Wednesday, 5 May 2010

The Orphan 1929 - bilingual movie download

Many important Chinese movies are impenetrable to non-Chinese viewers, which is a pity, because some of these films are seriously good, and should be part of world film heritage.   Very unusually, especially for 1929, this silent, The Orphan was made with both Chinese and English subtitles. It's rollicking good fun, especially the final scene where the hero rescues the heroine from a dungeon, singlehandedly rounding up a gang of crooks with a rope, leaping from parapets. Bad guy gets trapped with the iguanas. Douglas Fairbanks Jr eat your heart out.

What's even more interesting is that the film is a historical record in itself.  Look at the opening sequence which shows  a traditional Chinese wedding in an upper-class household, complete with musicians, some of them children. The bride arrives in an elaborate palanquin, carried by retainers, and steps out, in a beautifully embroidered costume.  Since the film was obviously low budget, the film makers were using real, authentic costumes and sets. These would have been impressive enough at the time - today they would be treasured museum pieces. The wedding ritual is shown in detail.  It's realistic because the audience knew about Chinese weddings, and about wedding nights where bride and bridegroom have never met before. Though this is a movie, it's useful as an authentic resource on traditional customs. Notice how many of the people aren't actors, but ordinary folk.

Eventually mistreated bride runs away and attempts suicide by lying on railway tracks, but is rescued by  hero, a modern young dude with slicked-back hair, plaid tie, plus fours and a motorcar with four-digit license plate. He's the Young Master, whose family live in a "western" villa, with marble columns and staircases, with western wallpaper, though their furniture is mostly Chinese (and very posh). You can tell how modern they are, they have a wind-up gramophone and listen to jazz. Watch the sequence where mother and daughter "discuss" the music through visual images projected onto the gramophone horn. The singer isn't Al Jolson but a blacked-up Chinese !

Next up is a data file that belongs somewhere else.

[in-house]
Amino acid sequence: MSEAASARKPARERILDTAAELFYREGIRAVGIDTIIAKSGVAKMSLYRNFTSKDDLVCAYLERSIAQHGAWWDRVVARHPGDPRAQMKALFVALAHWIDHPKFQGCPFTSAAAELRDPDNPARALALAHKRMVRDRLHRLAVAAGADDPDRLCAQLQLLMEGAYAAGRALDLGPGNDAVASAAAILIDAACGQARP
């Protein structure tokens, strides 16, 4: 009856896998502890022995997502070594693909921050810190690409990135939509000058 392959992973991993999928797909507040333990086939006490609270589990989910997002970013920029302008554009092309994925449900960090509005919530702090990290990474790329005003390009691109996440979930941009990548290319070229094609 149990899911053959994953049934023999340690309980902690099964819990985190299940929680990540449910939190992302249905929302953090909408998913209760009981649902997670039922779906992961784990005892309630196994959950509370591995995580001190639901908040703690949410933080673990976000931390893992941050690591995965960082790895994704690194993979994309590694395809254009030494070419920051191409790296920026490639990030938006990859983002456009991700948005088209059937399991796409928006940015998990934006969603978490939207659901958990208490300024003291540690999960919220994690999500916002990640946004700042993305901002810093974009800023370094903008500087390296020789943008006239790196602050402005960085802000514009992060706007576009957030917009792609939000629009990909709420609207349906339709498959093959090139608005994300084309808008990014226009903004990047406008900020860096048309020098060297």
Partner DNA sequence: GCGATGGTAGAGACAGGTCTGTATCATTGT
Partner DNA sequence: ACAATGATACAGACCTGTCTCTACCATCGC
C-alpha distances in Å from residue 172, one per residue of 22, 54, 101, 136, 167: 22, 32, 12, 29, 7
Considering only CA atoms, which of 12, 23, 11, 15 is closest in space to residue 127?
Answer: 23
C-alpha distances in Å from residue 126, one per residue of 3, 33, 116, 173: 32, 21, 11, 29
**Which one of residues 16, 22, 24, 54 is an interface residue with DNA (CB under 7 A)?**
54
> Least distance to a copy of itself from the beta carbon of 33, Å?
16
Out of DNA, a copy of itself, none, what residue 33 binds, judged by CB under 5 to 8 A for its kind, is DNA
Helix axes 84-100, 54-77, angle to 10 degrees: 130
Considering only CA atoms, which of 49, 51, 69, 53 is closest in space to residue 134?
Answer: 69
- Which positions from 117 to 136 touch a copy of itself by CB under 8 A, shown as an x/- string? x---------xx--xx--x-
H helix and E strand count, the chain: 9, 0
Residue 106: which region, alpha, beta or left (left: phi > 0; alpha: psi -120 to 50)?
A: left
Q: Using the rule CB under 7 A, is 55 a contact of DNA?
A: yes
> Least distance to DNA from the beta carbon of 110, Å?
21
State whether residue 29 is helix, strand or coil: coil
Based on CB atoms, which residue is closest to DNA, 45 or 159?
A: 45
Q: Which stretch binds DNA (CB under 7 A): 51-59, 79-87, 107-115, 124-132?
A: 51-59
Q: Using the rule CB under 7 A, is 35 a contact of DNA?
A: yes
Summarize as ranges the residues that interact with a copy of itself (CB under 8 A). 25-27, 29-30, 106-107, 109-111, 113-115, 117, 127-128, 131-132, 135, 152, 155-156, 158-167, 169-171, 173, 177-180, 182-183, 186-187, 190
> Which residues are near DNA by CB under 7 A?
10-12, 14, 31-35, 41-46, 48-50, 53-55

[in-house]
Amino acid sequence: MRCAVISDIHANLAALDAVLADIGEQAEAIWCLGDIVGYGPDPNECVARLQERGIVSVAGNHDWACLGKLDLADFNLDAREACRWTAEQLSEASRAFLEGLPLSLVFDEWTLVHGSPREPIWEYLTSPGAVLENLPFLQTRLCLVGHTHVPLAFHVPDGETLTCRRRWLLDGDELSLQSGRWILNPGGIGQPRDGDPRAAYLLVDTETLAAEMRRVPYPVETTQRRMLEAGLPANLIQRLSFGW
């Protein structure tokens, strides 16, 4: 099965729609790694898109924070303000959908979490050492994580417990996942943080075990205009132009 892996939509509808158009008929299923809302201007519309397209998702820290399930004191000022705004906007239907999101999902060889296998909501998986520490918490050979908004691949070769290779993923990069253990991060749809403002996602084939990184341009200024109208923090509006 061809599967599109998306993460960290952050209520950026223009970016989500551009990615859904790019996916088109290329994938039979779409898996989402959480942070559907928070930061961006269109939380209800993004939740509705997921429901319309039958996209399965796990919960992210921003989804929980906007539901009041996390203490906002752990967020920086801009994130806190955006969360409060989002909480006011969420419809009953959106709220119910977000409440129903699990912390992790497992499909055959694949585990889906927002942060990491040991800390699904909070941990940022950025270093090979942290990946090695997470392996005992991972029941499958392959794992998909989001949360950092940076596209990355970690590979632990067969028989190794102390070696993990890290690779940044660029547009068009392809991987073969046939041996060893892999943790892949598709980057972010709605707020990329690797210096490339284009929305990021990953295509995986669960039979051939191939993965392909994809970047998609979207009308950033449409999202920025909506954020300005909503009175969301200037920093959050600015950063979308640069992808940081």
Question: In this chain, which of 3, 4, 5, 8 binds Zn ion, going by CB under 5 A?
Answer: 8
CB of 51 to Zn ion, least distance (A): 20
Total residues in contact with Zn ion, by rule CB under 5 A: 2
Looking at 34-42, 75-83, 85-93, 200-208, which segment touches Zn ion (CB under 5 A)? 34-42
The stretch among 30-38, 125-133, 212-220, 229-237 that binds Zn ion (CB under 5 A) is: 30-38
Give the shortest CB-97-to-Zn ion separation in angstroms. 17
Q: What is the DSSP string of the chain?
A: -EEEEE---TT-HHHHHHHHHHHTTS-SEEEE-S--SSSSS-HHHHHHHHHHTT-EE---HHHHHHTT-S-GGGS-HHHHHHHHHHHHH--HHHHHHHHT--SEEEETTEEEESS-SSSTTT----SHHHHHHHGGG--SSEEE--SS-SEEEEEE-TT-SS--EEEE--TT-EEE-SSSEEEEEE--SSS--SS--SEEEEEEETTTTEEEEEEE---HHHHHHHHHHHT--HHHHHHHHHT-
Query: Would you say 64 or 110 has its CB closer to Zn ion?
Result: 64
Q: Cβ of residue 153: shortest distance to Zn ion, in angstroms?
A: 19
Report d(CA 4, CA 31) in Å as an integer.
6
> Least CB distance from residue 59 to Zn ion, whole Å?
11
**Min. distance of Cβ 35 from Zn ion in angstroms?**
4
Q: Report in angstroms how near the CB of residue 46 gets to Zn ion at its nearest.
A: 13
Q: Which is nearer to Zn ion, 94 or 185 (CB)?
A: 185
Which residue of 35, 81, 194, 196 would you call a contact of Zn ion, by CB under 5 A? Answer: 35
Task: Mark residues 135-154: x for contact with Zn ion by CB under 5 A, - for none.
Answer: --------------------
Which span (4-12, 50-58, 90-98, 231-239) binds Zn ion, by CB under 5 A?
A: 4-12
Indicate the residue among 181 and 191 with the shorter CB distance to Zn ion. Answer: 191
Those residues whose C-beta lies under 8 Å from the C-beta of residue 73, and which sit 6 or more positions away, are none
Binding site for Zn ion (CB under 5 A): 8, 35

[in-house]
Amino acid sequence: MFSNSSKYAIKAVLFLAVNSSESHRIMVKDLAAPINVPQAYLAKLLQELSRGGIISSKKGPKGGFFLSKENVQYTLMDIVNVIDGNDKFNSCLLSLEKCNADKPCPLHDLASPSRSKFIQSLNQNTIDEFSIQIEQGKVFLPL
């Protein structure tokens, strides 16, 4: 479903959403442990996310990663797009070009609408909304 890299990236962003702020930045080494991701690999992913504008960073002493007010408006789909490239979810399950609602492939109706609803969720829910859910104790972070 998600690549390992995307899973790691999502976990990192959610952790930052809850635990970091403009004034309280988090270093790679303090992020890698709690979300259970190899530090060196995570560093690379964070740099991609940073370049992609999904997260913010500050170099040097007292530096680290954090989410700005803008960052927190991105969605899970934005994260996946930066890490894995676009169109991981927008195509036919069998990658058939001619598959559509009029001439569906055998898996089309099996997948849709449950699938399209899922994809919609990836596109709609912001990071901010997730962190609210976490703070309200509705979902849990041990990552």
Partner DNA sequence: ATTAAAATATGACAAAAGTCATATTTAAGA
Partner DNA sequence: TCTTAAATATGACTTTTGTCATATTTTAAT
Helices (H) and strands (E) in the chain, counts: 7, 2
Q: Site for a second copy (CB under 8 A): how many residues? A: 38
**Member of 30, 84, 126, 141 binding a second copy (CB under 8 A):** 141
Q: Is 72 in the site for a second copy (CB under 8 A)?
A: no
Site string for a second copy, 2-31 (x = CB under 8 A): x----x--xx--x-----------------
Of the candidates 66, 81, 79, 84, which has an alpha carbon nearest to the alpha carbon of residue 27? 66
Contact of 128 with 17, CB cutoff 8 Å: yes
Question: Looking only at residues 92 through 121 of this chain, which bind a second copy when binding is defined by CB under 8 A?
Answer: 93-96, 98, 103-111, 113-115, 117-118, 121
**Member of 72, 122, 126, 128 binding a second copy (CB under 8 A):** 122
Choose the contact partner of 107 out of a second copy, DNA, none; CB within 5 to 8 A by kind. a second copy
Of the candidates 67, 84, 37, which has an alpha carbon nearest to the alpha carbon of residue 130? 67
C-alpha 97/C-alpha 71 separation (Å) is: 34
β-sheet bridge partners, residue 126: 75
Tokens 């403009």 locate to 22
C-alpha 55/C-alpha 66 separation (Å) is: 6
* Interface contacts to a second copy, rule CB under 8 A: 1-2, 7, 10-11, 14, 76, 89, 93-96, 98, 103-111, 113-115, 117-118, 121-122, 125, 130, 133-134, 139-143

The hero's family have status - Dad cleans his western trophies on the mantelpiece (too precious for the servants)  but they observe The Chinese New Year. Sis is seen eating dried lotus root candy (looks like a cookie but isn't.) They're playing Chinese chess. In an amazing scene, they go out and play at farming, with hoes and water carried in buckets by maids. Real Petit Trianon stuff which would have had the 1929  audience cackling with  laughter because they would have known what real farming was.A reminder that being rich and westernized doesn't stop you being stupid.

Houses like this were pretty common at the time, in fact a few survive today, like Sun Yat-sen's villa in Macau, where his daughter lived until she died only a few years ago, which is now a museum. Again, because this was a low-cost movie, they probably used a real house or modelled it on a typical villa of the period.  So study the detail. Look at the women's clothing and hairdos. The cut of their sleeves and the length of their skirts are typical of the period, you can date Chinese dress just like you can date western. The women wear their hair bobbed and crimped, just like western women of the time. The heroine's hair is authentically untamed, like a real woman, not a processed actress.

"Assistant Director" is White Rose Woo, the actress who plays the heroine Chun Mei. Evidently a "modern woman" despite the wimpy character.  People watching this movie knew about arranged marriages and the tragedies they caused. This film was an object lesson, told as entertainment, its real message not lost on its audience. Brides really did commit suicide. Chun Mei is rescued by the hero but at least she shows initiative and runs away. The movies were a medium in which liberated women could make a mark. Most were actresses, of course, but there were several other female directors. By her body language, White Rose Woo seems Chinese, not overseas Chinese, so it would be interesting to find out who she was. (In fact film is the only way to preserve body language, which really does vary between cultures and periods. Another reason why this film is a study resource)

Significantly, too, the English titles show that the film makers wanted to reach a wider audience, outside China itself.  The "Orator" is John Chow who also "storied" the text. That's a historical archive, too, a very rare example of China Coast English, which was a curious hybrid of Victorian formality filtered through Missionary school, but "Chinese" too, because it follows Chinese grammar which doesn't use as many non essentials as English. When Chun Mei rues her fate, her words could come straight out of a Bible tract.  People really did use to talk like that, but little is preserved except in private letters. Yesterday was May Fourth. On May 4th 1919, the "real" Chinese revolution was launched, a movement dedicated to modernizing China through literature, art and persuasion. Movies were an essential part of this concept that art and entertainment could serve a social function. The Orphan continues to serve a social function because it's a snapshot of its time.

Please see The Chinese Mirror, where there's a detailed biography of White Rose Woo and her times.
Please see other full movie downloads on this site - both Chinese and European. Street Angel, Kuhle Wampe, Berlin Symphony, Dvorak Ufa, Faust, Caligari,  White Haired Girl etc. plus lots of shorts

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